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SHF, Lafiyan Yara Tests Over 400,000 Children For HIV/AIDS In Taraba



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The Society for Family Health (SFH) through the Lafiyan Yara Project, has tested about 440, 272 persons in eight local government areas of Taraba State in a sustained effort to control the spread of HIV/AIDS in the state.

An official revealed the statistics.

Speaking at a ceremony to mark the end of the four years program which started in 2019, the state program manager of SFH, Dr. Aisha Dadi explained that out of the number, about 1,081 were identified as HIV positive out of which about 1,020 were linked to treatment showing about 94 percent linkage rate.

“The project recorded a total number of 142 PLHIV who were newly started on ART within the last quarter of the project phase.

“The implementation ensured that all pregnant women on ANC got tested and positive mothers enrolled for PMTCT which increased maternal and child survival as the project recorded 99.7 percent achievement in the live births by HIV positive mothers.

“The total number of children and pregnant women who are currently on treatment showed a marginal drop of 14 percent and 21 percent respectively, from the total number (357 and 639 respectively) that were initially linked to treatment”, she said.

According to Dr. Dadi, in the LGAs of implementation, pregnant women, and children in Karim-Lamido are making huge progress in viral suppression rate (74 percent) followed by Gashaka and Bali LGAs with 55 percent and 51 percent viral suppression rates respectively.

Similarly, the manager said that progress in the rate of viral load suppression is much slower in Zing LGA with six percent followed by Gassol and Jalingo with 22 percent and 29 percent viral suppression rates respectively.

She explained that the Lafiyan Yara (wellbeing of children) was a proof of concept project funded by Aidsfond (2019-2022) through the Society for Family Health (SFH) and the Institute of Public Health of the Obafemi Awolowo University (OAU) Ile Ife.

“It adopted an implementation science approach aimed at exploring the use of existing community structures such as Traditional Birth Attendants (TBA), and Village Health Workers (VHWs).

“Also the Proprietary Patient Medicine Vendors (PPMVs) to promote rapid identification and linkage of Children, Adolescent and Pregnant Women to access HIV testing, prevention, treatment, care, and support services in health facilities across eight LGAs in Taraba”, she said.

She disclosed that the project was implemented in collaboration with the state ministry of health and the Taraba State AIDS Control Agency (SACA) in 2019 under the auspices of the National Steering Committee.

In his remarks at the event, the Commissioner of Health, Dr. Innocent Vakkai commended the partners who collaborated in facilitating the exercise in the state.

He assured of the state government’s continued support to agencies to improve the health care delivery system of the state.

The Galadima of Muri and District Head of Jalingo, Alhaji Tukur Abba-Tukur commended the program implementation agencies especially, SFH, for the level of awareness created among the people of the eight LGAs that benefited from the program.

Tukur who is also the Chairman of the State Social Mobilisation Committee for health activities assured of a sustained enlightenment campaign and mobilization of communities to support such activities at all times.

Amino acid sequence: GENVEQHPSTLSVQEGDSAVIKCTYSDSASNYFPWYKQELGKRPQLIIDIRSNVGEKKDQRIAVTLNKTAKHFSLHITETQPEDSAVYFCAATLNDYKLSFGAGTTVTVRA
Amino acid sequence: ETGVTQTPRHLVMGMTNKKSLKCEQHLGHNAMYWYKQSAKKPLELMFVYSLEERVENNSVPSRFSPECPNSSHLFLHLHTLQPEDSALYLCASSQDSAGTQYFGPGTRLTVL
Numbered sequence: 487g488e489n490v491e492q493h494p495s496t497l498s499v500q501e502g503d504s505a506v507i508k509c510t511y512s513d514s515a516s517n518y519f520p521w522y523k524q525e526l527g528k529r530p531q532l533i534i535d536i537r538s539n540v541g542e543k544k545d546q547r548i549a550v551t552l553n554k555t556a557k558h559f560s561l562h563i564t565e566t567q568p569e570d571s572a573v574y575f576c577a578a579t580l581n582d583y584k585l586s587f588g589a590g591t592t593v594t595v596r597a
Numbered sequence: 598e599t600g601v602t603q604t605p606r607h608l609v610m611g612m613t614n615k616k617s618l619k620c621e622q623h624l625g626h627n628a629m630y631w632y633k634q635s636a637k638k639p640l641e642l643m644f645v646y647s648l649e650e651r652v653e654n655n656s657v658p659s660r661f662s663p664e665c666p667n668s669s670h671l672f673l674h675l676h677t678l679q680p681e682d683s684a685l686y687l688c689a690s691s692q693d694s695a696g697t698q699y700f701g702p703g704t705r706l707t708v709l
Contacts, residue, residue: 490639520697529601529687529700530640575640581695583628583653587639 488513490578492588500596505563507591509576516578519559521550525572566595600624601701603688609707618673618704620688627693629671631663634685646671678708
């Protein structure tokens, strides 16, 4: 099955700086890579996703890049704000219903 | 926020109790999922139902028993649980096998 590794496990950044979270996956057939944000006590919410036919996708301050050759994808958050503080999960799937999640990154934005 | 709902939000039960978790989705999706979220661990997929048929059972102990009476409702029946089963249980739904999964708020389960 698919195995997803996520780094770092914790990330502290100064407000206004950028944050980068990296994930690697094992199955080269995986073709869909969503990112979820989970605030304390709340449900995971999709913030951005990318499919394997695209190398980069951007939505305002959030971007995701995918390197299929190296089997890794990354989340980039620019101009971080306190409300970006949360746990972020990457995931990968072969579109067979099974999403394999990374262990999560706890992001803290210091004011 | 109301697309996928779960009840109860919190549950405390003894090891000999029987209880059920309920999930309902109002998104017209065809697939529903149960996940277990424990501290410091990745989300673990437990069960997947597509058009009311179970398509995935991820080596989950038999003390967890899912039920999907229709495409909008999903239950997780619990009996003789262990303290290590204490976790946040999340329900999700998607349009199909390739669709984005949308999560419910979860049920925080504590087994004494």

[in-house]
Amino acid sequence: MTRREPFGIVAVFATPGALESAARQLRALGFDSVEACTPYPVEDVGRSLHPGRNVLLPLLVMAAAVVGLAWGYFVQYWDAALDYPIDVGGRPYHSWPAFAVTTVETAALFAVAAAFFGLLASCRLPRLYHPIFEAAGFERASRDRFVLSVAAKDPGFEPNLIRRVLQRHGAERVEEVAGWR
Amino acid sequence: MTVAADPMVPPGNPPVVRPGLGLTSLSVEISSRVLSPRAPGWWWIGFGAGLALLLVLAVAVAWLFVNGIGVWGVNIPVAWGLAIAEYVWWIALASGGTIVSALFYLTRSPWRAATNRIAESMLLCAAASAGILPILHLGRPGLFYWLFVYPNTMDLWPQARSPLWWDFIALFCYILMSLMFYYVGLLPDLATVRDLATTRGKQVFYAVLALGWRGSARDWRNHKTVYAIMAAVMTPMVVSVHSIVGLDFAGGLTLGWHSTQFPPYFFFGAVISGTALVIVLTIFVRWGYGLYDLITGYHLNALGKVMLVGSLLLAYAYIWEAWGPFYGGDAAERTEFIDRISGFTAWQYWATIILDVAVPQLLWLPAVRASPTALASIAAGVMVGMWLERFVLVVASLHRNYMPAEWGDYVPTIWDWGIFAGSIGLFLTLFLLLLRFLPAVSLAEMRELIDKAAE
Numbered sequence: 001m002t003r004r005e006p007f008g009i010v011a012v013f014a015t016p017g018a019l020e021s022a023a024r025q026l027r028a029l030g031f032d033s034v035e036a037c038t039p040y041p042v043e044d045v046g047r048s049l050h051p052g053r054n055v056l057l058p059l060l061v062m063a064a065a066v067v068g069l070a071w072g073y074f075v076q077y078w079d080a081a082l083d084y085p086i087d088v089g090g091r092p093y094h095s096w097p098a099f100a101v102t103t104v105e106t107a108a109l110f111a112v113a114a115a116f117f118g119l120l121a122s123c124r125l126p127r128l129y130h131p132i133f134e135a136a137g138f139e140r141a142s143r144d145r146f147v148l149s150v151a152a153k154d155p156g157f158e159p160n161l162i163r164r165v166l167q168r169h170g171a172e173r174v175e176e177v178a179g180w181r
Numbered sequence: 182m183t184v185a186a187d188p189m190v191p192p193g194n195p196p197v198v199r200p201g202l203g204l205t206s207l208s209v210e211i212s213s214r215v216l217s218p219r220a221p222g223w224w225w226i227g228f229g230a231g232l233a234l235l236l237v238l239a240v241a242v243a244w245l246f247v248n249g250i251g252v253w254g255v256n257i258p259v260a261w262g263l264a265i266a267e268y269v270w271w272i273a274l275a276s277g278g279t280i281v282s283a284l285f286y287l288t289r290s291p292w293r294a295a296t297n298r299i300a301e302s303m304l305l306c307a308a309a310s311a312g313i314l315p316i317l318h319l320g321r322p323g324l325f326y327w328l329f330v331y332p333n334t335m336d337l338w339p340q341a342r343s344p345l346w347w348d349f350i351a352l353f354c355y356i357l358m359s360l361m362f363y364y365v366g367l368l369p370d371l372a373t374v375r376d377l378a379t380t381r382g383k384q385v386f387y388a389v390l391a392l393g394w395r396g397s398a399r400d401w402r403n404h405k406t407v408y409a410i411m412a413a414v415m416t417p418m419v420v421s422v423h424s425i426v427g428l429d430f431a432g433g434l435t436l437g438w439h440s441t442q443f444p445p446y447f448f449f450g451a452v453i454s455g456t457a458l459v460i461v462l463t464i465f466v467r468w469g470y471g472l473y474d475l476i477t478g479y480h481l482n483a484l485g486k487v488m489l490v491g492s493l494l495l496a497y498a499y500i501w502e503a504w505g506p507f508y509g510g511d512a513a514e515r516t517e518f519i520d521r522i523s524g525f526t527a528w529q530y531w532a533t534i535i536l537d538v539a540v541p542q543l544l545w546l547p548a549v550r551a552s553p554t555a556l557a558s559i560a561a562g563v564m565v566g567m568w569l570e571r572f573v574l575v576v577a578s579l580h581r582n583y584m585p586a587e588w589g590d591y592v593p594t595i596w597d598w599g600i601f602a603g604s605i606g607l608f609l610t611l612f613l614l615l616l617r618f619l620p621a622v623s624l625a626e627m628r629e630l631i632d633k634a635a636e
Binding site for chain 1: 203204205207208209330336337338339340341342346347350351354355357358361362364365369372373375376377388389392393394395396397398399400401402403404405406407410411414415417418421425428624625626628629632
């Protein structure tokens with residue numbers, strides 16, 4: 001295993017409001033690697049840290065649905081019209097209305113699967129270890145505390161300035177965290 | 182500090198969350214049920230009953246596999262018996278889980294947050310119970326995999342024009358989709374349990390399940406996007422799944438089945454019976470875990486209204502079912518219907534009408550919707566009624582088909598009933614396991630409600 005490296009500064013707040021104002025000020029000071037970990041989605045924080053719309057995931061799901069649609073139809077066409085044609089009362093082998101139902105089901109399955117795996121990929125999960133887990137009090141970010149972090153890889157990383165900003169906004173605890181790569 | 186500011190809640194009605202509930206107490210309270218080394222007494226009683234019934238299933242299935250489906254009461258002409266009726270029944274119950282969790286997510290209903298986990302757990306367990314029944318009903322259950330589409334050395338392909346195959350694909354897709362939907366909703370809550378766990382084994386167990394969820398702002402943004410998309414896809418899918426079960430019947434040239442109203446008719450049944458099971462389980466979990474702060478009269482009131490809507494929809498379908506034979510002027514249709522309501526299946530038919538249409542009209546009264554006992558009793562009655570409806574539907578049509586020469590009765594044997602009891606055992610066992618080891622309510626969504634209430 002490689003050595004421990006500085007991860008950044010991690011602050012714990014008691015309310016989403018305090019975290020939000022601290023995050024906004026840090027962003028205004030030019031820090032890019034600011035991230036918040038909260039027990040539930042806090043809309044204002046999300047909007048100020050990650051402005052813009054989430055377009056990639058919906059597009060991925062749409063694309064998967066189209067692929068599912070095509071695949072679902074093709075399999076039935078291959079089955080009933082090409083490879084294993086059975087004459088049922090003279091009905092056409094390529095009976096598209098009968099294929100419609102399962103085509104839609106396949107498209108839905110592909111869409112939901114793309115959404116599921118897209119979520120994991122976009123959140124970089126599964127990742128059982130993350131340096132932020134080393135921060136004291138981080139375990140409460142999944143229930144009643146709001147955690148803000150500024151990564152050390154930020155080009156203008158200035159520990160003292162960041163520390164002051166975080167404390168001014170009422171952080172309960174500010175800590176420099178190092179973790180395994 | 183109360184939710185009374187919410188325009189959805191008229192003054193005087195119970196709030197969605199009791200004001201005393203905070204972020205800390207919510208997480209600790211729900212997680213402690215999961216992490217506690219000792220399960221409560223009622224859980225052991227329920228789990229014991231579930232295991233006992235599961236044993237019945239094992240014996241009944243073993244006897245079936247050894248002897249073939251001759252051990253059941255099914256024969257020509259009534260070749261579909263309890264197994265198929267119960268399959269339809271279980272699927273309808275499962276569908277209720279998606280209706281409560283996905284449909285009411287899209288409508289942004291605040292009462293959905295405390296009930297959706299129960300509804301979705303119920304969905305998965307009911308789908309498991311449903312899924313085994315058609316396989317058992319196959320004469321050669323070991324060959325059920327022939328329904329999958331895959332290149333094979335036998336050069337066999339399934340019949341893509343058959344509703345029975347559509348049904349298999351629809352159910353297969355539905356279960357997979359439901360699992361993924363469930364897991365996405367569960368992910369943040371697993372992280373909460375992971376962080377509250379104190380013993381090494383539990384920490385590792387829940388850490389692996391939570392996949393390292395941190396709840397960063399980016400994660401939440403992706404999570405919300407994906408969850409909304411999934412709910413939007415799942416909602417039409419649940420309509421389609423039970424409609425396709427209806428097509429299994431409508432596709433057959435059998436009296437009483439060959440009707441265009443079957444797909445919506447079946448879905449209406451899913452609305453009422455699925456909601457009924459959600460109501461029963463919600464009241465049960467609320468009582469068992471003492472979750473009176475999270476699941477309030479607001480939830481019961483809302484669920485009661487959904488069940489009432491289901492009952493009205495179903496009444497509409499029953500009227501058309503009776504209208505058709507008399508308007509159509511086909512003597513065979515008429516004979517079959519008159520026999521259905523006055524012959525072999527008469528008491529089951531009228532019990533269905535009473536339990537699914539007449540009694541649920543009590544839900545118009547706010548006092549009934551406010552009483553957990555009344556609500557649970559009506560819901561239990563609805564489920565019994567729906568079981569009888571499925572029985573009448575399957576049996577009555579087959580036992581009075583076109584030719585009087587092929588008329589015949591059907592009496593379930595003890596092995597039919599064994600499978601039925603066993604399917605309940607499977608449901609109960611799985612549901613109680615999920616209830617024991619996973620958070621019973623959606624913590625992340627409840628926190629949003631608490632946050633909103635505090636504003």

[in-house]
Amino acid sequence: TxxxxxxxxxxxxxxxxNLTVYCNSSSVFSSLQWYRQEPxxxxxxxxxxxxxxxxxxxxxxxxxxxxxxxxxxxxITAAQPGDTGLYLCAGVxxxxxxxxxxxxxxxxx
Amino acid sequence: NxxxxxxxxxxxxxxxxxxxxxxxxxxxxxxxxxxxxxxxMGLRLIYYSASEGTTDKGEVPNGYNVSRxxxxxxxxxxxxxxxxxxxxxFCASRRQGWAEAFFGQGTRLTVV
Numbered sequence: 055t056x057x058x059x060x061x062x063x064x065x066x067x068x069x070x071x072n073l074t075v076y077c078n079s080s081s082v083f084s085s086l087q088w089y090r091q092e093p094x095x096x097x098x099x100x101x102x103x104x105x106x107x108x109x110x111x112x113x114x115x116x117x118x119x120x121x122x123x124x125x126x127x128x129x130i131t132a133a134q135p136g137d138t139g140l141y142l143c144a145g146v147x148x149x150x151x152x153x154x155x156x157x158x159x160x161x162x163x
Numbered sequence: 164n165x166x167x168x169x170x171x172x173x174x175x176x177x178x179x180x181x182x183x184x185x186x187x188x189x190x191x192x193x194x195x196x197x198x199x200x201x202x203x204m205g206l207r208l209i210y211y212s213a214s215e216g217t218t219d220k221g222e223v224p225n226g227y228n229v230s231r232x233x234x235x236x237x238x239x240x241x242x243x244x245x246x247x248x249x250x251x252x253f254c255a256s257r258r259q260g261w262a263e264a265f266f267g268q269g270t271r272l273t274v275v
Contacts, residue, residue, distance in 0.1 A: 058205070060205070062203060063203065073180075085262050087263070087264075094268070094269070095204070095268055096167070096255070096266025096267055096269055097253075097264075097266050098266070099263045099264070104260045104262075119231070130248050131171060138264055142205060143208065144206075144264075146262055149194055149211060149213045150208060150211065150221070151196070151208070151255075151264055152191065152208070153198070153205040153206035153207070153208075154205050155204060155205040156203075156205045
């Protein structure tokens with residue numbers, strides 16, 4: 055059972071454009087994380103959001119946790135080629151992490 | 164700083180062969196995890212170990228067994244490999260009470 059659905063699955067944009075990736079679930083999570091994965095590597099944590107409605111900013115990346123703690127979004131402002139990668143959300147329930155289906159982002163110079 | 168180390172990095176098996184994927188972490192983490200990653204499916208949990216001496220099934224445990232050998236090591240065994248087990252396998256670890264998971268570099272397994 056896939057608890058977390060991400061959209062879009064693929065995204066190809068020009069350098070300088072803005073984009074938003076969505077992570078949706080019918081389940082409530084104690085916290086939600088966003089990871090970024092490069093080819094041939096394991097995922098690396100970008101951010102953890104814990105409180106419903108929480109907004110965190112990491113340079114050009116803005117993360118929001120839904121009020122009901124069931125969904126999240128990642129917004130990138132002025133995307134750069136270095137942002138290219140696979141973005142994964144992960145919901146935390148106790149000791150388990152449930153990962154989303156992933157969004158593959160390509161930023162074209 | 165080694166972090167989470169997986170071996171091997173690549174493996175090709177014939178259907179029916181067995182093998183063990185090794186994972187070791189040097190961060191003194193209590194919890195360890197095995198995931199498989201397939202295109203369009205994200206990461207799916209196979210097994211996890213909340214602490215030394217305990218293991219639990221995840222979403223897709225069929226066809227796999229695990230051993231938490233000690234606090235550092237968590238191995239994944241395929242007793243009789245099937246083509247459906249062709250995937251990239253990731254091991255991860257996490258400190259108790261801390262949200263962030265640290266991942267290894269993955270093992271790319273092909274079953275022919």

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Ensure Regular Check-ups To Prevent Blindness – Dr. Avar




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By Sani Yarima

Dr. Gideon Avar, an Ophthalmologist, emphasized the importance of regular check-ups for individuals aged forty years and above to prevent blindness. 

As the Medical Director of Nobis Eye Centre in Jalingo, Taraba State, Dr. Avar disclosed this while speaking with journalists at the Nobis VIP Eye Clinic located at Mile Six.

Despite the challenges faced by his clinic, Dr. Avar mentioned that they are making sacrifices to assist patients by reducing the cost of their medical bills.

He explained that most of their services are charity work, and as part of their social corporate responsibility, they have provided four boreholes in their host community to provide free water to people.

Dr. Avar urged individuals, particularly those over the age of forty, to prioritize regular check-ups, as prevention is better than cure. 

He also revealed that cataracts and glaucoma are the leading causes of blindness in Nigeria, adding that the hospital is conducting eye surgery for approximately 3000 people annually. 

Furthermore, Dr. Gedion Avar pointed out that the hospital has also offered services at a cheaper rate for the sake of the easter period. 

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Wateraid To Ensure Bauchi Has Access To Clean Water, Decent Toilets, Good Hygiene – Country Director




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Dr Evelyn Mere, Country Director of WaterAid Nigeria, said Wateraid, state government with the support of global supply chain solutions provider DP World would ensure more people within Bauchi state have access to clean water, decent toilets and good hygiene.

She stated this in a press statement made available to newsmen on Friday in Bauchi

According to her, Bauchi is a focal state for WaterAid over the next five years, and we hope to keep working with the government and our partners to ensure more people within the state have access to clean water, decent toilets and good hygiene.

“In the face of climate change, access to water is becoming increasingly difficult and this has huge implications for health, nutrition, gender equity and economic productivity.

“We deeply appreciate the support of DP World in helping us to reach even more people with clean water, decent toilets and good hygiene.

“These essential services help change lives, especially for women and girls, who bear a huge burden of searching for water, missing out on more productive activities such as education and business.” she said.